Please post any tools you may be able to add in the comments below or add ideas to this collaborative google doc.

If you are doing most of the work; then you are doing most of the learning.

Is it your classroom or OUR classroom? If we think about it as OUR classroom it is easier to see when we are taking too much control and doing too much of the decision making.

Picture from Disruptive Behavior:
"Breaking Up With Status Quo" 
Traditional teaching leads to traditional learning. It is time to reflect and think about how we can let go of micromanaging or how to leave the status quo.

How many of you get mad because the students didn't buy in to one of your micromanaging procedures? Think about that procedure. The procedure where they can only leave to the bathroom so many times per quarter. The procedure where they can only use a black pen. The procedure for taking notes the one way you taught them. Do they have to write a paper with 1,050 words? Do the students have to sit in rows in alphabetical order? Which of these procedures are you willing to let go?

Think about the restaurant you would like to frequent. Would you rather frequent the restaurant that only has one item for the appetizer, main dish and dessert, the restaurant that offers a few items for each category on the menu, or even the restaurant that has many pages as part of their menu?

We must allow choice for our students if we want them to want more. Buy-in becomes greater when students are part of the discussion, the problem-solving and decision making. If students have a voice and choice they start seeing the classroom as "our" classroom and we will find that motivation for learning and buy-in will be easier to achieve.

How can we let go of micromanaging?

1.  Allow for learning as a collaborative effort sitting in stations; not being told by one expert as they sit in rows. Research backs this up. This could include experiences such as problem based learning or scenario based learning.

2. Allow for "21st century" (I prefer to use the term "essential") skill development, especially the 4 Cs: Collaboration, Communication, Critical Thinking, Creativity. How can we add more opportunities for these essential skills in the experiences we provide students?

3.  Allow the students to choose class mantra to be reminded how we want to be. Choose student quote of the week. Who lived by it the most that week gets to take it home.

4. Allow students to create the criteria for the rubric in which they will be assessed.

5. We must allow students to set their own goals, reflect often, and assess themselves. The goal should be to create life long learners continually growing. This is an improvement focus, not once and done approach. Have they grown in what they know and are able to do? We need more than providing them with a number or letter grade.

6. They should not be allowed to say "I'm done" but rather "How can I make this better?" or "What else can I add?" Assessments should expect students to show that they challenged themselves to try something new. How can you prove to me that you learned and did something new? How are you going to prove to me that you got uncomfortable and pushed yourself beyond what you already know and can do? Students that are off task should reflect and answer "What actions or resources do I need in order to learn today?"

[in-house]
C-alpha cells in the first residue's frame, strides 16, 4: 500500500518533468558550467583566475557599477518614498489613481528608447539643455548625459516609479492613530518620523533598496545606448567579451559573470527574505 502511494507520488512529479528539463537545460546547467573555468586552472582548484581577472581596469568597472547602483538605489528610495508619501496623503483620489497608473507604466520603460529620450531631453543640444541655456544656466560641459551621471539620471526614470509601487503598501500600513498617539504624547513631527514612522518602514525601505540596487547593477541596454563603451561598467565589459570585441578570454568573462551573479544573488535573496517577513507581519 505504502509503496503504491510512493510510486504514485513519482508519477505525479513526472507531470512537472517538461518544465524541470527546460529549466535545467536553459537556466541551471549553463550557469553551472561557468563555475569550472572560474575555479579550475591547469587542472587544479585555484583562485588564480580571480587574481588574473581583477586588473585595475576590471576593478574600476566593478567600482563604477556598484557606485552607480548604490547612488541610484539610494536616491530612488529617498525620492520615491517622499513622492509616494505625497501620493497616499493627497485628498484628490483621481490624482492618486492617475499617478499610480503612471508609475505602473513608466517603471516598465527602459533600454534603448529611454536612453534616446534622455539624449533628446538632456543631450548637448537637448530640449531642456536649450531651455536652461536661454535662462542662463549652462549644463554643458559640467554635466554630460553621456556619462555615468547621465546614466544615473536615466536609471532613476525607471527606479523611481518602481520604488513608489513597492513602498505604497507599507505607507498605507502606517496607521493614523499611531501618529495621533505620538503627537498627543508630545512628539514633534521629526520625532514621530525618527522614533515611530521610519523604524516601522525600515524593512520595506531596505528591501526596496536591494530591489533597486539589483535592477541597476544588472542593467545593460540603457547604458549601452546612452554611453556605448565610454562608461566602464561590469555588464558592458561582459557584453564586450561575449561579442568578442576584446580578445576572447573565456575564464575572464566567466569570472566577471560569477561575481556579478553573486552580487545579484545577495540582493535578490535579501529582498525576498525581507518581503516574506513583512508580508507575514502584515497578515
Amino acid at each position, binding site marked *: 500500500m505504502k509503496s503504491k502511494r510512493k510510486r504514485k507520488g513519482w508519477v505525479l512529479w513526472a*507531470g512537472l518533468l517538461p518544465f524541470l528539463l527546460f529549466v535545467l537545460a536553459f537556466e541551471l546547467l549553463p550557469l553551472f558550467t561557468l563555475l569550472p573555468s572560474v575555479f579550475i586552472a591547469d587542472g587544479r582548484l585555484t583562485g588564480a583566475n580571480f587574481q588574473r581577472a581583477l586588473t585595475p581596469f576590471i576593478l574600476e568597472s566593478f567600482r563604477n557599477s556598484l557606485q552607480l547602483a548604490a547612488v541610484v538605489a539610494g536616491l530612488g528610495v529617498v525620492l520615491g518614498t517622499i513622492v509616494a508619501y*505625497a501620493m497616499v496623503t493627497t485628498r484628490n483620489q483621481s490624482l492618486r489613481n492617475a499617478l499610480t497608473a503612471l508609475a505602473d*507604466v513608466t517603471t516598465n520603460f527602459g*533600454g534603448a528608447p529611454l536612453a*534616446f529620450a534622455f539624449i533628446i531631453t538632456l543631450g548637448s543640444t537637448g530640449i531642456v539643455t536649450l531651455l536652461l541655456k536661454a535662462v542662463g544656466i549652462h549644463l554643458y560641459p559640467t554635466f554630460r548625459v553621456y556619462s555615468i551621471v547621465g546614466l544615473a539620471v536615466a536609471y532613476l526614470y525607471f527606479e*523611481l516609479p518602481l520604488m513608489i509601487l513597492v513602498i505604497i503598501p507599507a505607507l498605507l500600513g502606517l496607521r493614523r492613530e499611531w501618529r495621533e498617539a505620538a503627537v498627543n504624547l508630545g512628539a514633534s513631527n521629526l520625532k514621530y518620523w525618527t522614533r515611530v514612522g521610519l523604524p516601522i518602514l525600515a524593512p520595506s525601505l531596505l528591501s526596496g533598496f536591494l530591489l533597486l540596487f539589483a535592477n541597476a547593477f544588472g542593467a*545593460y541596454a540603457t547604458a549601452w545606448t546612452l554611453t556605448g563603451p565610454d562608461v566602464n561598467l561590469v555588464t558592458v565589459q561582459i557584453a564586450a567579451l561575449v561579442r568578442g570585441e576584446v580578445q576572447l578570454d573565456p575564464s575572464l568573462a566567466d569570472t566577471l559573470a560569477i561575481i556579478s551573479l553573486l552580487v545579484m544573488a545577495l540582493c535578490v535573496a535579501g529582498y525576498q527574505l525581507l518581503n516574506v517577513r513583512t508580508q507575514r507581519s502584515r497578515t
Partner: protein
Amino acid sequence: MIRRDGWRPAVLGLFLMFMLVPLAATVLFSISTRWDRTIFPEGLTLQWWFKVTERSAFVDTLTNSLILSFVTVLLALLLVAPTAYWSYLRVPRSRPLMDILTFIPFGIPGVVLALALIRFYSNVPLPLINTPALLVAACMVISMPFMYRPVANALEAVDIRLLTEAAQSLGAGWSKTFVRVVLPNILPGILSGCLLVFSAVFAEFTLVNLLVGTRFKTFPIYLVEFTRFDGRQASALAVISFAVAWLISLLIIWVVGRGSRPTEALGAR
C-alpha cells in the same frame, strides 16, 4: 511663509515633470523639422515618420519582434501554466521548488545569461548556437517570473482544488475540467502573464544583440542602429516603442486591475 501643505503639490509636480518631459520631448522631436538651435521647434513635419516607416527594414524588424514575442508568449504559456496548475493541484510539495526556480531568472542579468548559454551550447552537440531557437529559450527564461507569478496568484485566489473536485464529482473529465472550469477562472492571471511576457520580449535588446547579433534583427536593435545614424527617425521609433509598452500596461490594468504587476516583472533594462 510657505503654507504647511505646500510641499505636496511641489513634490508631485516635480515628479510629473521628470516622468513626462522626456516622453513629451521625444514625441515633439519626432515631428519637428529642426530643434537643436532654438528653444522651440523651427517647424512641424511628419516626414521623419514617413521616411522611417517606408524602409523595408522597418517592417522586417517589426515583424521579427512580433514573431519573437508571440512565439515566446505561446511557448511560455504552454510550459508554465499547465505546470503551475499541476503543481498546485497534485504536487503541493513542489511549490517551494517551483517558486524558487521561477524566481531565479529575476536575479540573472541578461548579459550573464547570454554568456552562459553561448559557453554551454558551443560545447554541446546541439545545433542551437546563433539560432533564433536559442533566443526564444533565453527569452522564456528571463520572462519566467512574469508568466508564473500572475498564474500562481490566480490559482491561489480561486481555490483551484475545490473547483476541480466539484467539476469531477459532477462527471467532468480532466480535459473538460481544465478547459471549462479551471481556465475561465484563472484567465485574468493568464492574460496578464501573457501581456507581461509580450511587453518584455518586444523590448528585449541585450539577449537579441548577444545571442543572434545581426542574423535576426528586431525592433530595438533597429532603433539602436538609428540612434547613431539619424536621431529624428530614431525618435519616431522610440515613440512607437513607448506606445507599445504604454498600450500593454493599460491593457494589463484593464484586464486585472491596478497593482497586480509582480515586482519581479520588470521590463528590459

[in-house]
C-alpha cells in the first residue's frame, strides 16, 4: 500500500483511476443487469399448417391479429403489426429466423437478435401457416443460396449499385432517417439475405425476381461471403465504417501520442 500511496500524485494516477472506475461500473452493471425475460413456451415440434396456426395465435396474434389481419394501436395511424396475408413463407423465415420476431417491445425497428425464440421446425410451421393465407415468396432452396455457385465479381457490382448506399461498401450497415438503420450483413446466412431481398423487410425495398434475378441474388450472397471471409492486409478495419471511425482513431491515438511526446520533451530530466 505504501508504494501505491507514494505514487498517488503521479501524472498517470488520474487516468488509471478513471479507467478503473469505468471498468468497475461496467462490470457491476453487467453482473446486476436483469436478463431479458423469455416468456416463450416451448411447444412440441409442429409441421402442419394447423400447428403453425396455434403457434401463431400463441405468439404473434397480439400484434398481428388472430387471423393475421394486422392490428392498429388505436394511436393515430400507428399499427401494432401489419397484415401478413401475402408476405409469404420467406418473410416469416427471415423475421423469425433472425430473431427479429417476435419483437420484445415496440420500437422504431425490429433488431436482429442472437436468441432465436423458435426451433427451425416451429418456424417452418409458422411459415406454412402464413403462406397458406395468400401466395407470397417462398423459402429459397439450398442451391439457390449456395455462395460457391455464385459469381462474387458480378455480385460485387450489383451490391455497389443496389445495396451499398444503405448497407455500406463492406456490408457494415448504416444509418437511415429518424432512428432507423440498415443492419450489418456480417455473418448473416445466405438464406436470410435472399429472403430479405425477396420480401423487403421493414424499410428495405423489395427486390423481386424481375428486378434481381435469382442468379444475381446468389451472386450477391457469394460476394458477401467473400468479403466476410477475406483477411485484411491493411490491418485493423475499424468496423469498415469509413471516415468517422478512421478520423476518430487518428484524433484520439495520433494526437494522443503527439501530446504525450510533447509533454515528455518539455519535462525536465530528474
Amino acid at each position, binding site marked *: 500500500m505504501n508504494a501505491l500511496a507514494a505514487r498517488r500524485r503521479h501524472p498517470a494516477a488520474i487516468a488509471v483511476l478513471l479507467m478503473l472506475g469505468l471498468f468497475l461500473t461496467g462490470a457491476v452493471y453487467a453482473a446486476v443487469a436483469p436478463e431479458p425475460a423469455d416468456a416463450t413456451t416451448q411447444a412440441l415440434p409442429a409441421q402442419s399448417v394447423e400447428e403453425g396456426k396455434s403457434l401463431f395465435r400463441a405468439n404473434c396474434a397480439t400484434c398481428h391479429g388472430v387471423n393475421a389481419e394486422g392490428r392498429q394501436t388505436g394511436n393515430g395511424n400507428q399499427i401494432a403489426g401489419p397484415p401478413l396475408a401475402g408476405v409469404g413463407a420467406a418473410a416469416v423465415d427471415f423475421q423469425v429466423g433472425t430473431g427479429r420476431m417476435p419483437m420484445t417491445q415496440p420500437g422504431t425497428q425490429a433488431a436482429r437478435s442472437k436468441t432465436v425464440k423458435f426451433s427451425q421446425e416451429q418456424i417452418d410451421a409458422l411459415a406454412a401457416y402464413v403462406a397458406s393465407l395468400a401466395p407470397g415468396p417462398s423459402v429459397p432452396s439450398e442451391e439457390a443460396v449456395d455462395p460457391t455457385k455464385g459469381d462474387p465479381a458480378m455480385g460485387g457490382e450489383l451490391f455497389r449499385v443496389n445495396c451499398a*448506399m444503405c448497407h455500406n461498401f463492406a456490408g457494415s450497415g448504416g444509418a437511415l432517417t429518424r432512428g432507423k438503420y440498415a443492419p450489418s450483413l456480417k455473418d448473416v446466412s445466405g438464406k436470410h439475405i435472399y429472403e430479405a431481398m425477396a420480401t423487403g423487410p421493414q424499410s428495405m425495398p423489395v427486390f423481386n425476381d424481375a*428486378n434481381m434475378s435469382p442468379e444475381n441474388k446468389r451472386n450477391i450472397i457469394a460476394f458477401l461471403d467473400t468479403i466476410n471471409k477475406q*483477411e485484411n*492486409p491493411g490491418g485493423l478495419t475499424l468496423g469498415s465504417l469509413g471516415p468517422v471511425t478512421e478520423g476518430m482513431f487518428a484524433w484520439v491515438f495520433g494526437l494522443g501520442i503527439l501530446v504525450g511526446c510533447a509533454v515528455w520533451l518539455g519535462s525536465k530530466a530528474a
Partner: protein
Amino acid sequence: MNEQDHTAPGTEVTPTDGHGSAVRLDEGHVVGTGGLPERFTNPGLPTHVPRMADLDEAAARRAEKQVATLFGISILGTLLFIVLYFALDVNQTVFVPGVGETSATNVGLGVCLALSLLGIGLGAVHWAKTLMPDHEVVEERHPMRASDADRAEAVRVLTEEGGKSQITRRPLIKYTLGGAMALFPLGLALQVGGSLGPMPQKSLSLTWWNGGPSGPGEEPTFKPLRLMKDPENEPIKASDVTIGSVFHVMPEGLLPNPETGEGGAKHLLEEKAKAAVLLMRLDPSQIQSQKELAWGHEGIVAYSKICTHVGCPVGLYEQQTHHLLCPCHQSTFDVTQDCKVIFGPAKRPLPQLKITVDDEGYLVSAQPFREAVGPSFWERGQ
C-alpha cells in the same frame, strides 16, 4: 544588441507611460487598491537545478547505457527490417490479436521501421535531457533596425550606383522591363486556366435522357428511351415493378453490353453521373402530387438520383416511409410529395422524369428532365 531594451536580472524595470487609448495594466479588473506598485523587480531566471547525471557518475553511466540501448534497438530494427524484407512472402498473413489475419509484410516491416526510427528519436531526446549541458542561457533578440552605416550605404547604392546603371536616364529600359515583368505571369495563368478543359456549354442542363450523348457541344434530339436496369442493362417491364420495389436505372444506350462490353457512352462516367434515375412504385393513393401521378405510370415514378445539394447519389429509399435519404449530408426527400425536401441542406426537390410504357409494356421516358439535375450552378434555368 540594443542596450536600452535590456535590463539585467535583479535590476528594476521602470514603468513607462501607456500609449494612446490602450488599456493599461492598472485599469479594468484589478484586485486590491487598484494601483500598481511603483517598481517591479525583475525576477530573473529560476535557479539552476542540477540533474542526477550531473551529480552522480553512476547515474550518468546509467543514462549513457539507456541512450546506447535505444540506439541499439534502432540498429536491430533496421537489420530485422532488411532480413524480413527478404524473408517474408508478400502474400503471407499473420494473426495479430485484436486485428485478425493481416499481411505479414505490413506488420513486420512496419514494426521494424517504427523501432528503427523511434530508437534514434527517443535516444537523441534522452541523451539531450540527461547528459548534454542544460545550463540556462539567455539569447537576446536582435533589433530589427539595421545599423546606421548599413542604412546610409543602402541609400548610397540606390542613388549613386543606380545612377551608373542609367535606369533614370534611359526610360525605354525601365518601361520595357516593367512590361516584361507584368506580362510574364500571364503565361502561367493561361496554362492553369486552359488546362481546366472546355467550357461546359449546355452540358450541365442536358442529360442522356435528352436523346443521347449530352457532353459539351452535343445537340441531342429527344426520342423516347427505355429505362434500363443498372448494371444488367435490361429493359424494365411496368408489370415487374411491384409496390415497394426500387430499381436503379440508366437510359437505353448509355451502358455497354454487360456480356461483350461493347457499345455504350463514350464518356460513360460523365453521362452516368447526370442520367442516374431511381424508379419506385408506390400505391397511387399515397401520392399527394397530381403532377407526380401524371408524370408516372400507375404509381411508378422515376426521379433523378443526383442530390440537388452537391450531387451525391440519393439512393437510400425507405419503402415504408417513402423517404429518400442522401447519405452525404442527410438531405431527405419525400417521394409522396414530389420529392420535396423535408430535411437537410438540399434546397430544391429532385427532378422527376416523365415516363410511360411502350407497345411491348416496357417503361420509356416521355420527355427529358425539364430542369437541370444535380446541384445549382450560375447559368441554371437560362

7. Allow students to design the classroom layout and create the rules and procedures. What do they think about how often then can leave the classroom?

8. Allow them to have an audience besides the teacher or each other for their work. They are all using social media and want an audience. How can they share their work and people "like" their work to boost their confidence? They can lead us on this journey of unfamiliar territory.

9. If we want them to be leaders and active contributing members in society then offer them opportunities to connect content to the real world. Allow them an opportunity for "Genius Hour" and have a "Leadership Fair" showcasing their work to the community at the end of the year. Is there someone willing to help a student take their work to the next level?

10. Allow students to discuss how they can prove to me that they know and can do the current standard?  How can we communicate with your parents through a grade that you are growing in what you know and are able to do? How do we ensure that our grades are reflecting the intended learning outcomes/standards? Did your effort and work deserve this grade? How do we show growth; not failure? Ken O'Connor states that students, in the end, become more self-directive and reflective learners not grade grubbers.

How can we let go of micromanaging? How can we leave what is status quo? How can we not look like this Peanuts scene from 1969?


Please add more ideas for allowing student voice and choice in the comments below.

Saturday, March 25, 2017

Personalized Toolbox of Learning from PD to the Classroom

Personalized Toolbox of Learning from PD to the Classroom
Thoughts by LaLonnie King (Texas) and Valerie Zemaitis (Indiana)

Katie Martin states in #IMMOOC Season 2, Live Session 4 that in order to be innovative the first step is to decide what you want your students to know, understand and be able to do. Once there is a shared vision of the needs and wants, you find the tools to achieve those goals. Then we need to look for evidence of those tools making an impact. She said this evidence can be found if we use George Couros’s 8 Characteristics of an Innovative Classroom. We, as teachers and administrators, need to have these characteristics modeled for us, if innovation is expected of us.

The challenge of this blog is to focus on how these characteristics are being used in our professional development.